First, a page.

Full truckload carriers normally deliver a semi-trailer to a shipper who will fill the trailer with freight for one destination. Once the trailer is filled, the driver returns to the shipper to collect the required paperwork. Upon receiving the paperwork the driver will then leave with the trailer containing freight. Next, the driver will proceed to the consignee and deliver the freight him or herself. At times, a driver will transfer the trailer to another driver who will drive the freight the rest of the way. Full Truckload service (FTL) transit times are generally restricted by the driver's availability. This is according to Hours of Service regulations and distance. It is typically accepted that Full Truckload carriers will transport freight at an average rate of 47 miles per hour. This includes traffic jams, queues at intersections, other factors that influence transit time.  

Advocation for better transportation began historically in the late 1870s of the United States. This is when the Good Roads Movement first occurred, lasting all the way throughout the 1920s. Bicyclist leaders advocated for improved roads. Their acts led to the turning of local agitation into the national political movement it became.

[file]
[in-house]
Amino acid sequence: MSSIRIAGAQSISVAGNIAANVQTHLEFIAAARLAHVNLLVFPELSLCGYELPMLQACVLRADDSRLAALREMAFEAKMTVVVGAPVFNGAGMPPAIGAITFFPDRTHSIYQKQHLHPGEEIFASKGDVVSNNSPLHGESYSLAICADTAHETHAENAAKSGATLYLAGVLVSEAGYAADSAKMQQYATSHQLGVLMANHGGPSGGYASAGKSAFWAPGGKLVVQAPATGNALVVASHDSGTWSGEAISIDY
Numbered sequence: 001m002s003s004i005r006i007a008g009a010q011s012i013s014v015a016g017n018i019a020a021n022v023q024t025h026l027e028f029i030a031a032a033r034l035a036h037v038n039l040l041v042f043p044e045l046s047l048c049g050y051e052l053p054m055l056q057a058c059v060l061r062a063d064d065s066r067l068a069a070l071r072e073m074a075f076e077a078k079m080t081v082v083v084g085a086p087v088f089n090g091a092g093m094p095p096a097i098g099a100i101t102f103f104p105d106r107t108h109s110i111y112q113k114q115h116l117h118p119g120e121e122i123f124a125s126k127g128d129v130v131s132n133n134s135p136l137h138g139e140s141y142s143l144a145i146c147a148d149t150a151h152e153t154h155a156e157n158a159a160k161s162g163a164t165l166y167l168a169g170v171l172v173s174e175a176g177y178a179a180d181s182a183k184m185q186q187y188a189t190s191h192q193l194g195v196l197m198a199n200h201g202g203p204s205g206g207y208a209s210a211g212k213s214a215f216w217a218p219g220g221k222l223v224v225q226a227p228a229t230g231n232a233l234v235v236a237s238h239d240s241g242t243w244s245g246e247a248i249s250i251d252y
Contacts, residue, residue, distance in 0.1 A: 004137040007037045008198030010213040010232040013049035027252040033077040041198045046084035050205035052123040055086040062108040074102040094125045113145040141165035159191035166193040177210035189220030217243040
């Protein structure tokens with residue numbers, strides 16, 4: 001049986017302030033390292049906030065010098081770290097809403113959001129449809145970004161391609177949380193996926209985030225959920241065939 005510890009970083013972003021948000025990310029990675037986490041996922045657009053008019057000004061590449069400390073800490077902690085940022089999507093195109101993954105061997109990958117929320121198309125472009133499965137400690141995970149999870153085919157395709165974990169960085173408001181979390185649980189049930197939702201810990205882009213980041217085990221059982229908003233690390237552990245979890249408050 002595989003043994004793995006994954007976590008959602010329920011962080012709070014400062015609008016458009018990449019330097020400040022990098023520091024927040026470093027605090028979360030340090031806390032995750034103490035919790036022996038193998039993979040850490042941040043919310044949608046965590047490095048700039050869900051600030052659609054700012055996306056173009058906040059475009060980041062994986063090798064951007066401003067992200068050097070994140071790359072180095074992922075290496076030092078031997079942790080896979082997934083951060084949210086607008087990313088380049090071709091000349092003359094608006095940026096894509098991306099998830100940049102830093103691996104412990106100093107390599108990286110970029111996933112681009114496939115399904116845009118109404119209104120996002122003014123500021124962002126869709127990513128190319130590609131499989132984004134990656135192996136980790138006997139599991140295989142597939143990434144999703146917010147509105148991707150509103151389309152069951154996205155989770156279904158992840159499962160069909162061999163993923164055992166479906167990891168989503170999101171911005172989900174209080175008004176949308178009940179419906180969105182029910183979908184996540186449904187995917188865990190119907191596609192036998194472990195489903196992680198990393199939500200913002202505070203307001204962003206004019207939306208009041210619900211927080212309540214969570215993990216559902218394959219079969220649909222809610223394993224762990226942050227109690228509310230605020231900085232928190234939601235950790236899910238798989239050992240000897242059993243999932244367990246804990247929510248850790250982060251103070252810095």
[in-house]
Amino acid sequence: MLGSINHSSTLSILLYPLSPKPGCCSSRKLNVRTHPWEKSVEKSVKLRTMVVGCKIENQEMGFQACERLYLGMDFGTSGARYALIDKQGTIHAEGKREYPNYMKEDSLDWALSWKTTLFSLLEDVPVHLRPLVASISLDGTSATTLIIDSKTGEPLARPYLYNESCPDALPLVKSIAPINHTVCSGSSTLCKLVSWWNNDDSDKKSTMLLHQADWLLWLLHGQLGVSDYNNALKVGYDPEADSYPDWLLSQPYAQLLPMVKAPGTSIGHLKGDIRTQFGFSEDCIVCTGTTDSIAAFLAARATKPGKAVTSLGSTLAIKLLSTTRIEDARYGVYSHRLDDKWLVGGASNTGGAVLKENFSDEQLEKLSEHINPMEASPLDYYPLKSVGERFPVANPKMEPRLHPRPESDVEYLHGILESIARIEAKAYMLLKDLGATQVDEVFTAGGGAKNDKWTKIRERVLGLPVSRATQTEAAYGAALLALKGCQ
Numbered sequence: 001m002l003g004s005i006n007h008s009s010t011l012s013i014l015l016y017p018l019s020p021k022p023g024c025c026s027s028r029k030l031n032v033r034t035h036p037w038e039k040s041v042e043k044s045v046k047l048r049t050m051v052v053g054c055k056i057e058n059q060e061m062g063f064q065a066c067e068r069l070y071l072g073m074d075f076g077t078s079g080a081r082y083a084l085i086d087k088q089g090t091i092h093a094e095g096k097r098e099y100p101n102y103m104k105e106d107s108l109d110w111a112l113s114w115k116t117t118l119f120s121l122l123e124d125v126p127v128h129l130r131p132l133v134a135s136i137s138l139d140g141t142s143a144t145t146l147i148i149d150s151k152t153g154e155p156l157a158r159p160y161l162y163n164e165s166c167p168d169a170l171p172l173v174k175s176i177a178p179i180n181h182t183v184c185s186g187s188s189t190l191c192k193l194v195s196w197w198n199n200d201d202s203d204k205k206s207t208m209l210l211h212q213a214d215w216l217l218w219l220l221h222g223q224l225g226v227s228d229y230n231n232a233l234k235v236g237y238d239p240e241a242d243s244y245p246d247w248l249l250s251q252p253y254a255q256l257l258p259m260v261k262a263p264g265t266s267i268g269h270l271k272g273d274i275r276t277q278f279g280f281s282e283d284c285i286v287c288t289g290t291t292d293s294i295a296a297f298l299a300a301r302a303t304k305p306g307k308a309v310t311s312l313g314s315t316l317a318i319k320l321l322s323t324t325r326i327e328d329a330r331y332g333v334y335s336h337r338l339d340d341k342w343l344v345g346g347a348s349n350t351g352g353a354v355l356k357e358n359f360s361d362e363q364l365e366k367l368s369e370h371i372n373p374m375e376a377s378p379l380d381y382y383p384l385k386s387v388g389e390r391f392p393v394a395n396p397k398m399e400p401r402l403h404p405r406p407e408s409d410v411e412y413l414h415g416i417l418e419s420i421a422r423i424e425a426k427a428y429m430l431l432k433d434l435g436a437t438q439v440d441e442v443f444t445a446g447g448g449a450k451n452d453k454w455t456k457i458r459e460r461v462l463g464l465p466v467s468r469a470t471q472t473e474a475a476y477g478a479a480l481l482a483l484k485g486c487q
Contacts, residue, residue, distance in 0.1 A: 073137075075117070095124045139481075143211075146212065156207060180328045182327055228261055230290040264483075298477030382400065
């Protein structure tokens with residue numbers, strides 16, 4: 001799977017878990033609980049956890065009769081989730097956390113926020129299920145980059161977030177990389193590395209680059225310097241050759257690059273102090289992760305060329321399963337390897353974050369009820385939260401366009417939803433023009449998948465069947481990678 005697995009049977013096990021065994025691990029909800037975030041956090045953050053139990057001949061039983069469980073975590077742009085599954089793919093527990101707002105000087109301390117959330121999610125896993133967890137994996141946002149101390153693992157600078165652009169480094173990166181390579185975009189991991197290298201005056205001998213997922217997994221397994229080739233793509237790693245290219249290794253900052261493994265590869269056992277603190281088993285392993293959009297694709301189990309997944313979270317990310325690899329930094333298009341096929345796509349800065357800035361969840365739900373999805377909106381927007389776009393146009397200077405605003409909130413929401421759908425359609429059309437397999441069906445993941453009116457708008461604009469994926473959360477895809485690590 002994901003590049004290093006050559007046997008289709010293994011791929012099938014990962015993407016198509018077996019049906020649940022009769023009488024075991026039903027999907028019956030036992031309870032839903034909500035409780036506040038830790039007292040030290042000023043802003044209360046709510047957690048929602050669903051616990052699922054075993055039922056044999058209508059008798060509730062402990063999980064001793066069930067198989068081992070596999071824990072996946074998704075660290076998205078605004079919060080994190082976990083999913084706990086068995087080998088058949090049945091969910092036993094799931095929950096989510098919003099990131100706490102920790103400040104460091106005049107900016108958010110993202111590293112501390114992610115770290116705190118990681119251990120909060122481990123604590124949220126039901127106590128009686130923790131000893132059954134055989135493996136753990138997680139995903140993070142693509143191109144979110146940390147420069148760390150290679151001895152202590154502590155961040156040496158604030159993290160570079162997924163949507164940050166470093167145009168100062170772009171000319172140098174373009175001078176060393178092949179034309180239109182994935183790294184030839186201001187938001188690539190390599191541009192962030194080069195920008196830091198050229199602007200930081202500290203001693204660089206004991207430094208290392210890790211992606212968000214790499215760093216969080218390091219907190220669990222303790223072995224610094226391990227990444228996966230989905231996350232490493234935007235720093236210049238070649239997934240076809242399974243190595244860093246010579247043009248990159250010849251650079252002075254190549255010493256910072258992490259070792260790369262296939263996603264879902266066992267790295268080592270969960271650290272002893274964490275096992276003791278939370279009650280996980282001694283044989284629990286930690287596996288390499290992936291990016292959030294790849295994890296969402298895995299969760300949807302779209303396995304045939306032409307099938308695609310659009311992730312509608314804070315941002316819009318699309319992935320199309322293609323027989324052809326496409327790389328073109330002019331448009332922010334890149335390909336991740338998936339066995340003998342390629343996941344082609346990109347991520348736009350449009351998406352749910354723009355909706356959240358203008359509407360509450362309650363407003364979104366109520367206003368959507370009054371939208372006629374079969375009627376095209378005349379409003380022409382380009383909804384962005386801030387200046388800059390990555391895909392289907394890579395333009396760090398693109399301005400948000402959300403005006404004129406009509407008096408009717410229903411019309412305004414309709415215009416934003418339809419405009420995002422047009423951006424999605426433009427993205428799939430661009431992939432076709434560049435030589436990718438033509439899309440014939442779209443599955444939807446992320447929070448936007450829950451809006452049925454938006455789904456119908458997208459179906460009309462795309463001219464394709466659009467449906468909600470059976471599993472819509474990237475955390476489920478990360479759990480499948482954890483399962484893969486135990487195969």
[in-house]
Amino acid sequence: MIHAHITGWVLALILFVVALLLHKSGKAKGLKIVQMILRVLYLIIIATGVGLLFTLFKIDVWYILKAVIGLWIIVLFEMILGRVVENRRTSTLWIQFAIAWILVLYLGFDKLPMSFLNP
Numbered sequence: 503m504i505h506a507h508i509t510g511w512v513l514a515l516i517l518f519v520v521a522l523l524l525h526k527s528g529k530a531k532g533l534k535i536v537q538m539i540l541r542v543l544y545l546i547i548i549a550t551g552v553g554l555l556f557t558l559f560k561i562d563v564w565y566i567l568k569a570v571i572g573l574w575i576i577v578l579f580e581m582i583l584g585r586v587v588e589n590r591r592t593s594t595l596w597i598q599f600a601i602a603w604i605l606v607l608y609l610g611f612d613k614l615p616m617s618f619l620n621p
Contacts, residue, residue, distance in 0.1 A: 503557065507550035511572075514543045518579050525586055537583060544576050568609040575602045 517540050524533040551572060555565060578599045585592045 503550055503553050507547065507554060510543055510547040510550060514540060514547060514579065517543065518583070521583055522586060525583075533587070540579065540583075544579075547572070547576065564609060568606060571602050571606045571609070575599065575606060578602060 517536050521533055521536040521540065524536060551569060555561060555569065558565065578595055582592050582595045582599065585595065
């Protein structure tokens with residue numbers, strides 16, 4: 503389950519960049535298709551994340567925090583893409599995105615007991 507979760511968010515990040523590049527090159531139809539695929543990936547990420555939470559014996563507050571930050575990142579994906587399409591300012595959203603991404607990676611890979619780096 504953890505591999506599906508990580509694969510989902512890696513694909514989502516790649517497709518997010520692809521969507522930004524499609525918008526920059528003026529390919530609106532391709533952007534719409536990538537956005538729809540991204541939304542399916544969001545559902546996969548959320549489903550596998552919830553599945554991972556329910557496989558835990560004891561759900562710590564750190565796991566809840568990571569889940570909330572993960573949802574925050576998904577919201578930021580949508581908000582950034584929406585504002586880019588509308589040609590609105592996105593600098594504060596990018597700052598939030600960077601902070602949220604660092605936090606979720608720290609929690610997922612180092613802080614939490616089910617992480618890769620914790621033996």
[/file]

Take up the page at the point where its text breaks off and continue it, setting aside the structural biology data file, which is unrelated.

There are many different types of trailers that are designed to haul livestock, such as cattle or horses. Most commonly used are the stock trailer, which is enclosed on the bottom but has openings at approximately. This opening is at the eye level of the animals in order to allow ventilation. A horse trailer is a much more elaborate form of stock trailer. Generally horses are hauled with the purpose of attending or participating in competition. Due to this, they must be in peak physical condition, so horse trailers are designed for the comfort and safety of the animals. They're typically well-ventilated with windows and vents along with specifically designed suspension. Additionally, horse trailers have internal partitions that assist animals staying upright during travel. It's also to protect other horses from injuring each other in transit. There are also larger horse trailers that may incorporate more specialized areas for horse tack. They may even include elaborate quarters with sleeping areas, bathroom, cooking facilities etc.